Xi Jinping, the new leader of the Communist Party of China who is destined to lead the world’s most populous country for the next decade, is a quintessential “princeling” candidate by virtue of his bloodline.
The son of the revolutionary hero, Xi Zhongxun, who served as a minister under China’s paramount chief Mao Zedong, Xi Jinping, 59, belongs to China’s fifth generation of leadership.
Here is a roundup of facts you need to know about Xi Jinping:
1. Pedigree – Xi’s father fought alongside Mao in the revolution that brought the party to power in 1949 and went on to serve as vice-premier until he fell out of favor with Mao’s administration. He was rehabilitated after Mao’s death in 1976 under reformist leader Deng Xiaoping.
His father’s rise and fall during Mao’s rule defined Xi’s childhood — during which he enjoyed an elitist life in Beijing — and youth — during which he lived in a dug-out cave in the remote northern community of Liangjiahe working with peasants.
2. Upbringing – Xi has used his background and elitist upbringing as well as his acceptance among public to his advantage. He studied chemical engineering at Tsinghua University in Beijing, an elite school where his predecessor Hu Jintao also studied. Xi later gained a degree in Marxist theory from Tsinghua and a doctorate in law.
3. Family – He is married to Peng Liyuan, a renowned singer whose popularity in China matches, if not surpasses, that of her husband’s. Peng was ordered by the party to restrict herself to a low-key life as her husband started climbing the political ladder. They have a daughter Xi Mingze who studies at the Harvard University under an assumed name. Xi reportedly likes Hollywood movies, particularly those centered around World War II.
4. Political Rise – Xi bolstered his influence in the party in the early 1980s as the party leader of a rural county in Hebei province, which surrounds Beijing. He was promoted as governor of the southeastern province of Fujian in 1999 after a string of provincial officials were caught up in corruption allegations.
He oversaw the reformist provinces of Fujian and Zhejiang, before taking the top post in the commercial hub of Shanghai in 2007, which earned him his reputation as an economic reformer.
Xi has a relatively clean reputation, though there were reports in June about the wealth of his extended family, which Bloomberg estimates runs into the hundreds of millions of dollars.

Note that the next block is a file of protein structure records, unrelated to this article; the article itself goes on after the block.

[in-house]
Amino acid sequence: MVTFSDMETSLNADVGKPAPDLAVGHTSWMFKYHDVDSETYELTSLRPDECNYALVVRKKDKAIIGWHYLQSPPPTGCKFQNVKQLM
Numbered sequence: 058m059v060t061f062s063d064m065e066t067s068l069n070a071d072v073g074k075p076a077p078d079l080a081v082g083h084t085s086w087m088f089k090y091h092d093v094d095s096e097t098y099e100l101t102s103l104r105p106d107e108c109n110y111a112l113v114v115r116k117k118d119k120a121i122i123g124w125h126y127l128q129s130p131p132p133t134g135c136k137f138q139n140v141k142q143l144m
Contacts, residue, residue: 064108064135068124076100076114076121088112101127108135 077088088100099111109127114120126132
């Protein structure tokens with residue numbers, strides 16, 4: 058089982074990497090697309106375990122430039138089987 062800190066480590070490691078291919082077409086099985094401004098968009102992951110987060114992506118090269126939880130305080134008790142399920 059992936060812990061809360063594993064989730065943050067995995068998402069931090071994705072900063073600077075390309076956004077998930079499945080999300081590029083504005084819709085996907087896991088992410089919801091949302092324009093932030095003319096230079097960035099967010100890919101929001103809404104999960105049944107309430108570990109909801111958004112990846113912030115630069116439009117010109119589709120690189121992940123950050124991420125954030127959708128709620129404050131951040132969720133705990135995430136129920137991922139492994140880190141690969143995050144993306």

5. Disappearance – Xi was a subject of media speculation in September when he “disappeared” for nearly two-weeks and canceled his scheduled meetings with visiting U.S. Secretary of State Hillary Clinton and other foreign dignitaries at short notice. Though it was reported that Xi suffered a back injury, the disappearance prompted feverish rumors of his troubled succession.
6. Policy – His name is never associated with any bold reforms, nor is he known as an exceptional leader, though he is supposedly open to private industry and economic and administrative reforms. However, little is known about his outlook on strategic foreign policy issues such as the relationship between India and China or the global economy.
In his visit to the U.S. in February, Xi called for a better strategic trust between Washington and Beijing and also endorsed the “one-China policy” which rejects independence for Taiwan and Tibet.
Xi created a stir in China and across the world during an address in Mexico, three years ago, when he came across as a staunch nationalist who strongly defended his country’s policies in the midst of Western criticism directed at China.
"Some foreigners with full bellies and nothing better to do engage in finger-pointing at us,” Xi had said. "First, China does not export revolution; second, it does not export famine and poverty; and third, it does not mess around with you. So what else is there to say?"
According to former U.S. Ambassador to Beijing Jon Huntsman, Xi is a man “who is quite different from Hu Jintao” and “someone who you can connect with.”